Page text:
Stock markets pressured by Kim-Trump summit failure

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A toy bull figurine sits on a trader’s monitor inside the Frankfurt Stock Exchange. The DAX 30 closed 0.3% up at 11,515.64 points yesterday.

World stock markets came under pressure yesterday as a summit between Donald Trump and Kim Jong-un ended abruptly without an agreement.Asian equities had been fluctuating throughout the day on tempered optimism over China-US trade talks, weak factory data from Beijing and fresh geopolitical tensions in Kashmir. But they took a decisive turn south after an expected lunch and signing ceremony between the US and North Korean leaders was called off at the last minute. Wall Street was modestly lower by the late New York morning, as unexpectedly strong fourth-quarter US growth figures helped offset negative sentiment over geopolitics and some soft earnings reports. In Europe, Frankfurt and Paris managed a small recovery by the close, while London remained in the red.


London’s FTSE 100 closed 0.2% down at 7,089.84 points, Frankfurt’s DAX 30 closed 0.3% up at 11,515.64 points and Paris’ CAC 40 closed 0.3% up at 5,240.53 points, while the EURO STOXX 50 closed 0.5% up at 3,298.26 points.“Global equities in general have pulled back as risk sentiment took a hit after the US and North Korea failed to reach an agreement over denuclearisation for the (Korean) peninsula,” said XTB analyst David Cheetham. “US president Donald Trump and North Korean leader Kim Jong-un abruptly cut short their summit in Hanoi, and in doing so cancelled a signing ceremony as the two leaders failed to make any tangible progress and agree terms on the deal.” The shock news came just hours after Kim raised the prospect of a permanent US diplomatic presence in Pyongyang and Trump said he was in “no rush” for a speedy deal over North Korea’s nuclear programme.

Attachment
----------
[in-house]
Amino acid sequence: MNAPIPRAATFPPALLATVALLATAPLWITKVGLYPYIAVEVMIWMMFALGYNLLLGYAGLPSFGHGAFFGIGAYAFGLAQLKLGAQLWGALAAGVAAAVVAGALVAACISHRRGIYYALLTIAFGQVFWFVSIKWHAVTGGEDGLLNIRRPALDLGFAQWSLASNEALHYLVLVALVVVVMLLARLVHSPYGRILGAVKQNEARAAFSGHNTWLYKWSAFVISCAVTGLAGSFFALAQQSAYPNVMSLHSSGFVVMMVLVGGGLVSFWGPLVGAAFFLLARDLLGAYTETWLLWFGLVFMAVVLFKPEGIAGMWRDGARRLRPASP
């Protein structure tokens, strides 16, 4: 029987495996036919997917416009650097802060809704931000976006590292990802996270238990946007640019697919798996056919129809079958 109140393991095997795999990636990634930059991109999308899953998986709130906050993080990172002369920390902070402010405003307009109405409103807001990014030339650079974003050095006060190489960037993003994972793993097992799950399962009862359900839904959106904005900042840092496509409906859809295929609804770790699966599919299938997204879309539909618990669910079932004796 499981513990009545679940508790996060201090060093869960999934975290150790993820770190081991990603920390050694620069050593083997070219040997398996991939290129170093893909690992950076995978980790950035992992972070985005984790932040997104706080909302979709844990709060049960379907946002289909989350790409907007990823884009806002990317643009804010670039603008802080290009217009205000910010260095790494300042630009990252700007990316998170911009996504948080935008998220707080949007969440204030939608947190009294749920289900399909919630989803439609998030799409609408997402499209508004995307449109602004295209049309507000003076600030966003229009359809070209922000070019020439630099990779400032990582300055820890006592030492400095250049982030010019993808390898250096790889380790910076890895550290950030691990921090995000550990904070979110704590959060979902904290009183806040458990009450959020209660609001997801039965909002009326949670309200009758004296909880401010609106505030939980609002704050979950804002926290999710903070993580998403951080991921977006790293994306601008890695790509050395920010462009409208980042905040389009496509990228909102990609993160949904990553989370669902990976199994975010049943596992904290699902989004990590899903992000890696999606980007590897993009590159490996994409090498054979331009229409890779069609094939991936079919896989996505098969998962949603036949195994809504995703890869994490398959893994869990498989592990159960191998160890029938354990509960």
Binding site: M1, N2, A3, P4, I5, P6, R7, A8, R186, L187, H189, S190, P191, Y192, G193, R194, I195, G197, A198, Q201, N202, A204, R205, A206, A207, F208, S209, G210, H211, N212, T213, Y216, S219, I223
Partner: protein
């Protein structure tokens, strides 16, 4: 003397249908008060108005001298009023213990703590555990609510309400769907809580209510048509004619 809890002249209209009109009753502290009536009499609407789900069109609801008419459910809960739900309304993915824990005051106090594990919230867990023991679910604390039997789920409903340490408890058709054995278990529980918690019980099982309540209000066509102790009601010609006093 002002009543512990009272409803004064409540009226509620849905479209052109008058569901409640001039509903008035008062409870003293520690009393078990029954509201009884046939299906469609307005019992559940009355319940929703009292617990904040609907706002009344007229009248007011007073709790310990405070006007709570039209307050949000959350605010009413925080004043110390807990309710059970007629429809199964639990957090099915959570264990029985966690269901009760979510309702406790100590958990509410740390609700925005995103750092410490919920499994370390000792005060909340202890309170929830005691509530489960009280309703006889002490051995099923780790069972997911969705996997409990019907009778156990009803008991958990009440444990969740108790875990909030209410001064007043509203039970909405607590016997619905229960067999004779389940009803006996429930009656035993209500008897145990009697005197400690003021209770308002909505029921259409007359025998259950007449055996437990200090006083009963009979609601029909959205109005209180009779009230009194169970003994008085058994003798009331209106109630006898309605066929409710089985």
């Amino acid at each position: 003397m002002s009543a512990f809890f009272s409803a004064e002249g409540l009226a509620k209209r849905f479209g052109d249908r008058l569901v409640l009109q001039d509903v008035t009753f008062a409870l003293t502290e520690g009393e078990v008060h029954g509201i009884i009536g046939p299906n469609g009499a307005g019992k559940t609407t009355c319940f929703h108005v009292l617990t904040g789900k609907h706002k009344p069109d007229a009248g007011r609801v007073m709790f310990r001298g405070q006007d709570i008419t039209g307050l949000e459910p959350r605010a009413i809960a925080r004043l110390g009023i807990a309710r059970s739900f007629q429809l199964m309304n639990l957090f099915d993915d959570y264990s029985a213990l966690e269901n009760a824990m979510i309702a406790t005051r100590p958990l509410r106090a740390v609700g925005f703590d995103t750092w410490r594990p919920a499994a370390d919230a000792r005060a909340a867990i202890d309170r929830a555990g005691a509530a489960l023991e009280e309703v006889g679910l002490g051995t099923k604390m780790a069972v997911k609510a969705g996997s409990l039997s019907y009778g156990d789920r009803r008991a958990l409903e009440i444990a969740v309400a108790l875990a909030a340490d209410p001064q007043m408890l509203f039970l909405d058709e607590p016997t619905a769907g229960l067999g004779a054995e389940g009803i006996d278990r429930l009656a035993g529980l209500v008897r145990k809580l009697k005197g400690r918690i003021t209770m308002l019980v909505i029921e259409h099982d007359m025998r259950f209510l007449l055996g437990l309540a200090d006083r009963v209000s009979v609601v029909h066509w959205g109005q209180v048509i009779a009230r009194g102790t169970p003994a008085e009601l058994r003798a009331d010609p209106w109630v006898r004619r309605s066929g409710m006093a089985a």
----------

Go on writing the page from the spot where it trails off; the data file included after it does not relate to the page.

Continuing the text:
Trump later told reporters that he was not willing to give in to Kim’s demands to lift US sanctions on North Korea. In reaction, Seoul dived 1.8% and Tokyo ended 0.8% lower, while Shanghai and Hong Kong each shed 0.4%. The global rally that has characterised most of this year had already taken a knock after US Trade Representative Robert Lighthizer told lawmakers that “real progress” had been made in trade talks with China, but a lot of work was still needed before a pact is signed. In a sign that the ongoing trade spat is hurting protagonists, gloomy data showed Chinese manufacturing activity contracted for a third straight month in February, with factories hit by the long Lunar New Year break, concerns about slowing growth and uncertainty from the trade row. However, Zhou Hao, a senior emerging markets economist at Commerzbank AG, said the results were likely not as bad as they seemed and the outlook could be positive.

Sources and photo-credits: Gulf Times, AFP